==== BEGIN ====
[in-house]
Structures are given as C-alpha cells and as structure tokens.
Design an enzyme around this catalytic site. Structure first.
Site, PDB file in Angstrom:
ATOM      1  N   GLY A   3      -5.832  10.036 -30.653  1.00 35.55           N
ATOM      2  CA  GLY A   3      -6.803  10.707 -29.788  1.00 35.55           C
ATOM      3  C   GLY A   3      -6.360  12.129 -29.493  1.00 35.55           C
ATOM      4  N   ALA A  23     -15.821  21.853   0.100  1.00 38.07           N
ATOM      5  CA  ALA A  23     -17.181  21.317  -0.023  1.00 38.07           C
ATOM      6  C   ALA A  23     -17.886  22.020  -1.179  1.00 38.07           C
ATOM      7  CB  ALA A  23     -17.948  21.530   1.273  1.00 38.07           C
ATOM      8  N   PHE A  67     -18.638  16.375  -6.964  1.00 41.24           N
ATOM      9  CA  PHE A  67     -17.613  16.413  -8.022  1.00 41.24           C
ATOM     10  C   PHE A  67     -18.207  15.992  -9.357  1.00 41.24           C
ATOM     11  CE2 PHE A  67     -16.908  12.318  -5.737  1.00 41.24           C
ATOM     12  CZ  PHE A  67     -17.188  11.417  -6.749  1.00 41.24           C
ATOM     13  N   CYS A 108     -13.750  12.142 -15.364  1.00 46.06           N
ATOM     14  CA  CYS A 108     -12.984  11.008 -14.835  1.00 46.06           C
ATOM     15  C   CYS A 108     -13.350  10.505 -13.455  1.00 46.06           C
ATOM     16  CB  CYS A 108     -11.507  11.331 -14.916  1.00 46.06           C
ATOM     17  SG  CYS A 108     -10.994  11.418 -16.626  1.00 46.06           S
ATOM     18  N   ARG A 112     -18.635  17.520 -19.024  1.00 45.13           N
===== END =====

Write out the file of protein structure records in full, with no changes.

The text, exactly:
[in-house]
Structures are given as C-alpha cells and as structure tokens.
Design an enzyme around this catalytic site. Structure first.
Site, PDB file in Angstrom:
ATOM      1  N   GLY A   3      -5.832  10.036 -30.653  1.00 35.55           N
ATOM      2  CA  GLY A   3      -6.803  10.707 -29.788  1.00 35.55           C
ATOM      3  C   GLY A   3      -6.360  12.129 -29.493  1.00 35.55           C
ATOM      4  N   ALA A  23     -15.821  21.853   0.100  1.00 38.07           N
ATOM      5  CA  ALA A  23     -17.181  21.317  -0.023  1.00 38.07           C
ATOM      6  C   ALA A  23     -17.886  22.020  -1.179  1.00 38.07           C
ATOM      7  CB  ALA A  23     -17.948  21.530   1.273  1.00 38.07           C
ATOM      8  N   PHE A  67     -18.638  16.375  -6.964  1.00 41.24           N
ATOM      9  CA  PHE A  67     -17.613  16.413  -8.022  1.00 41.24           C
ATOM     10  C   PHE A  67     -18.207  15.992  -9.357  1.00 41.24           C
ATOM     11  CE2 PHE A  67     -16.908  12.318  -5.737  1.00 41.24           C
ATOM     12  CZ  PHE A  67     -17.188  11.417  -6.749  1.00 41.24           C
ATOM     13  N   CYS A 108     -13.750  12.142 -15.364  1.00 46.06           N
ATOM     14  CA  CYS A 108     -12.984  11.008 -14.835  1.00 46.06           C
ATOM     15  C   CYS A 108     -13.350  10.505 -13.455  1.00 46.06           C
ATOM     16  CB  CYS A 108     -11.507  11.331 -14.916  1.00 46.06           C
ATOM     17  SG  CYS A 108     -10.994  11.418 -16.626  1.00 46.06           S
ATOM     18  N   ARG A 112     -18.635  17.520 -19.024  1.00 45.13           N